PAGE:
The real trick with this title is that it manages to actually be scary. Even in its quiet moments, where you’re wandering the halls with seemingly no end in sight, there’s the constant fear of a new, well designed, and disturbing monster rearing its ugly head. It also helps that the game switches aesthetics frequently, with levels paying homage to everything from Silent Hill to System Shock 2 to the Shadow Temple from Ocarina of Time. Despite its silly and “ready for Youtube streamers” title, this game instead relies on wearing the player down before forcing them into a seemingly inescapable chase in order to scare them.
And make no mistake, you will go through 1000 rooms before you reach the main game’s ending. This admittedly can lead to a feeling of repetition; there simply aren’t a whole lot of room layouts, meaning that you’ve seen most of the different randomly generated rooms before you reach the halfway point. The aforementioned fixed set pieces go a long way towards staving off tedium, but these quieter moments really do wear you down as you go. You pick up notes of previous victims of the house as you go, following a few different characters before they reached their inevitable fates, and you start to echo their increasingly deteriorated mindset the longer the game goes on. The repetition of seeing the same room over and over again, but with a slight change or monster in it, leads to something of a panic in the player. It makes the chases feel genuinely intense, almost hopeless since you’re running towards an unknown goal.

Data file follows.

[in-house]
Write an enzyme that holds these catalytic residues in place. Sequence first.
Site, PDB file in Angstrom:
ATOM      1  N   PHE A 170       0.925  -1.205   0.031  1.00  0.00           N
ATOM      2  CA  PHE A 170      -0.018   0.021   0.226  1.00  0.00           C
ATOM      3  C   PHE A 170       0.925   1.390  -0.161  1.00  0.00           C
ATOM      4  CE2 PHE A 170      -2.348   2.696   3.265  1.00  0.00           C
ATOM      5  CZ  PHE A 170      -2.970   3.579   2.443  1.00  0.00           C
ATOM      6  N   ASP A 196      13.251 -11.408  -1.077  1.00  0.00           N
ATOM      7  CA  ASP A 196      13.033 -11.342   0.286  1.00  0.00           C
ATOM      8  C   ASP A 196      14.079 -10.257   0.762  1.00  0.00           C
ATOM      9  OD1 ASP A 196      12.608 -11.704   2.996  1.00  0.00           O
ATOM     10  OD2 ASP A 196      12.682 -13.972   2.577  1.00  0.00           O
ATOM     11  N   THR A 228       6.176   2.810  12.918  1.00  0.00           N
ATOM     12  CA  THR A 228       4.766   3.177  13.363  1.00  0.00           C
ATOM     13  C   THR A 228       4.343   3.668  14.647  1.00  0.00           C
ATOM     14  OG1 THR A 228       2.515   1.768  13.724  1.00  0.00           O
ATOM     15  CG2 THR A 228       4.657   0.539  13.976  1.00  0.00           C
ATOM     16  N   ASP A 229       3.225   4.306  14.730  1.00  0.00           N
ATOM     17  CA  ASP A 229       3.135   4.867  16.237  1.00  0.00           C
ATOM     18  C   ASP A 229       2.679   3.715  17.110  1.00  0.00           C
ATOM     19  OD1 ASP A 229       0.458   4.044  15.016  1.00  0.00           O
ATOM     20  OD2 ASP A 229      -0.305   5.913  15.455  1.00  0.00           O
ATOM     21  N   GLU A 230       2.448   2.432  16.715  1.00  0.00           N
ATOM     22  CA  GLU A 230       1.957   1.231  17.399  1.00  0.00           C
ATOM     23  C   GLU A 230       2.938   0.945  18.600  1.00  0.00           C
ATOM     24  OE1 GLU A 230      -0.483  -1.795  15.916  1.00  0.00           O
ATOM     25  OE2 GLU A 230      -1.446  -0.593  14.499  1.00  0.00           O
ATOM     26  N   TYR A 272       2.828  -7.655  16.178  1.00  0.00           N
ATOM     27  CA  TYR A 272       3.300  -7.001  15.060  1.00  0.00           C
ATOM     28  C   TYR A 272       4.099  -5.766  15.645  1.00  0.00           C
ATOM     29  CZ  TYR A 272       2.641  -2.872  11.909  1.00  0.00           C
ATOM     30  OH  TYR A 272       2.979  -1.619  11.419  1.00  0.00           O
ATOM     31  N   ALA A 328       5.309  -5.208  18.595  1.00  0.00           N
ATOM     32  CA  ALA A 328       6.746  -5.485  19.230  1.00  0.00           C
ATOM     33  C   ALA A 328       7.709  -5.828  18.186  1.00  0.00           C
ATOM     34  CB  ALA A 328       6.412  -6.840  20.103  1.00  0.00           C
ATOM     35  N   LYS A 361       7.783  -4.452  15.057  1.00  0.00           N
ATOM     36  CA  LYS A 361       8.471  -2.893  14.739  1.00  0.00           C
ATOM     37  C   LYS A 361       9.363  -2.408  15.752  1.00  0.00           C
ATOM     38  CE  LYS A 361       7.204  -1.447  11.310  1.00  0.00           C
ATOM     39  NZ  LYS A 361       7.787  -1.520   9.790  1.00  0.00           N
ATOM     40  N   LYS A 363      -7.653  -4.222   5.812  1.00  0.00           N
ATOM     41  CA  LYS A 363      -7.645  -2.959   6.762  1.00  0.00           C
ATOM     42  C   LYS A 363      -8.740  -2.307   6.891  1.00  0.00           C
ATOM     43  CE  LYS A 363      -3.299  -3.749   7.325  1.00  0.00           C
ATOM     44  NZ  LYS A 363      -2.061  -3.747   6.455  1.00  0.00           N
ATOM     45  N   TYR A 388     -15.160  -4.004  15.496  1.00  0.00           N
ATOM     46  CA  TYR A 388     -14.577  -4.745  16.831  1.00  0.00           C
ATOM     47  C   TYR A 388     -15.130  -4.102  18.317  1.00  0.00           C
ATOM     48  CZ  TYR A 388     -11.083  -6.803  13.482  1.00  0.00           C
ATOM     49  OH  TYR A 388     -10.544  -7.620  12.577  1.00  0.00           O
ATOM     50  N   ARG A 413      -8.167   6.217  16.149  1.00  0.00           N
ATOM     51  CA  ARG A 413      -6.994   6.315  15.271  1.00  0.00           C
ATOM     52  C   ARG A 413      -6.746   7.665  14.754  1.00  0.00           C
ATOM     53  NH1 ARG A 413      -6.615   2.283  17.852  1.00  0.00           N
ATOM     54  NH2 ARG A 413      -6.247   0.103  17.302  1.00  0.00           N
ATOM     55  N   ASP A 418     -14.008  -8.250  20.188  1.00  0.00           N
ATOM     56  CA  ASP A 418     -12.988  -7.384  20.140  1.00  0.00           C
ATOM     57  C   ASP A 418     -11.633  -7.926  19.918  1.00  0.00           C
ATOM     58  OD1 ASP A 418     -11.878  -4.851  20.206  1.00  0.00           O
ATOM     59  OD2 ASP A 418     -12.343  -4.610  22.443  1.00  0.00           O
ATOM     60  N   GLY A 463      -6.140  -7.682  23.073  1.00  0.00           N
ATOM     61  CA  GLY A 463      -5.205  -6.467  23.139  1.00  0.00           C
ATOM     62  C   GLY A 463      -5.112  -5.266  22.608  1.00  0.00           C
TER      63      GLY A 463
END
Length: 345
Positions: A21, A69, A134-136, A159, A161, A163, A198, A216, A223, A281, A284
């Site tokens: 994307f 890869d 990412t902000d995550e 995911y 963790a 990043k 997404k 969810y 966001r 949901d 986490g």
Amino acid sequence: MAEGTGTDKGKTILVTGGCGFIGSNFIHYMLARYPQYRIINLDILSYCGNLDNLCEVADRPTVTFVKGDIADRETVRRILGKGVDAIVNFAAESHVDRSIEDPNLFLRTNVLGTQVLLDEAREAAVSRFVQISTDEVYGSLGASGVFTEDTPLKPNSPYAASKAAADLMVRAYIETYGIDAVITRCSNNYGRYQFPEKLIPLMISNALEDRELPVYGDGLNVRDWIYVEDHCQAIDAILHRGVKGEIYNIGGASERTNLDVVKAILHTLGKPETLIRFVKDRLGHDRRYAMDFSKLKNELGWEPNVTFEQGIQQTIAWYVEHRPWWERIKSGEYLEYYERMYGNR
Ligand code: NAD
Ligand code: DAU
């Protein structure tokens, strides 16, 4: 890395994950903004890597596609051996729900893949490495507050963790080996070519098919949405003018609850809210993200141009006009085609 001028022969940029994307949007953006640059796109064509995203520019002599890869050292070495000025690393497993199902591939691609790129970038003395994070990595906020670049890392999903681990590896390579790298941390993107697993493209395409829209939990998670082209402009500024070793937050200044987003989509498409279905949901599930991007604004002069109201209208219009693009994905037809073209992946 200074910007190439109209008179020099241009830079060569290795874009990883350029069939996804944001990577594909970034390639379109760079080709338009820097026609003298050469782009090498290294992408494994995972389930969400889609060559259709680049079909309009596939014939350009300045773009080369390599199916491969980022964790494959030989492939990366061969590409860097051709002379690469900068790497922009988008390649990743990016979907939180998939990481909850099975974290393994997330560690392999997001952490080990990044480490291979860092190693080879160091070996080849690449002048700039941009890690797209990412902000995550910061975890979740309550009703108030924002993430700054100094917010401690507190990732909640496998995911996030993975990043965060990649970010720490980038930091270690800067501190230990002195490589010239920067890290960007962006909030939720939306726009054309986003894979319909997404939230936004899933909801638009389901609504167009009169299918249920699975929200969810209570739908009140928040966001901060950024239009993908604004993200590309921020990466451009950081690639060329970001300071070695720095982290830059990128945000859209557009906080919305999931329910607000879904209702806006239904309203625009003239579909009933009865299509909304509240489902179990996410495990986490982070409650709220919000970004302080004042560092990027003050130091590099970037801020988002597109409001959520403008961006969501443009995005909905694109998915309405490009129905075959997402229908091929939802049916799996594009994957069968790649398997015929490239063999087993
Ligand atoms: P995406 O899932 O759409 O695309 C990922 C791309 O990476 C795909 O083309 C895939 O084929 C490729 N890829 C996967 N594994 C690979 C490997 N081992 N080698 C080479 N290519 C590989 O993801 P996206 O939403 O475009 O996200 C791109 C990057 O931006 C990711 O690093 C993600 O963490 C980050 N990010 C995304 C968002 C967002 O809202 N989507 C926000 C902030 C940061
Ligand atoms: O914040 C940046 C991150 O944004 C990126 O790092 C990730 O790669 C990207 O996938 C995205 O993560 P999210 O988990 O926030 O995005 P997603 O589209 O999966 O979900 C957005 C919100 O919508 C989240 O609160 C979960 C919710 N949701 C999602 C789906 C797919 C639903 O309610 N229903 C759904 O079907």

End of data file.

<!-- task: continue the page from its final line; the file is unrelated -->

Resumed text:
This goal is what sets the game apart from Devil Daggers. Where that game is more about survival at all costs, Spooky’s Jumpscare Mansion is about chasing an unknown, probably terrifying goal, and going through its unique vision of hell to get there. Both games, though, wear the player down through the use of repetition and strange, otherworldly phenomenon.
The main game seemingly ends jokingly regardless of the ending you get, but the story is surprisingly continued in each of its DLCs, Katamari Hospital and The Dollhouse. Surprisingly, these are more classic style “find the key and progress” slices of old school survival horror than the main game, but each one is no less terrifying for it. There are also two versions of the game, the original with 2D sprites for monsters, and HD Renovation, which gives everything a brighter coat of paint and monsters 3D models. The original mode is free, and the HD one is about ten bucks, but you get the DLC for free, and with the original, you pay… about ten bucks for each at full price. Which version you should play is ultimately left up to personal preference. The original 2D version plays very well and manages to still be scary despite its sprite work, and the 3D one is the same, just with updated character models.
Regardless of which mode you play, though, the fact remains that this game is a surprisingly deep dive into psychological horror, with it using its very premise and environment to get under the player’s skin more than any jump scare would. It goes hand in hand with Devil Daggers in terms of presenting the hell of repetition and stands out as one of the best cheap horror games available on Steam.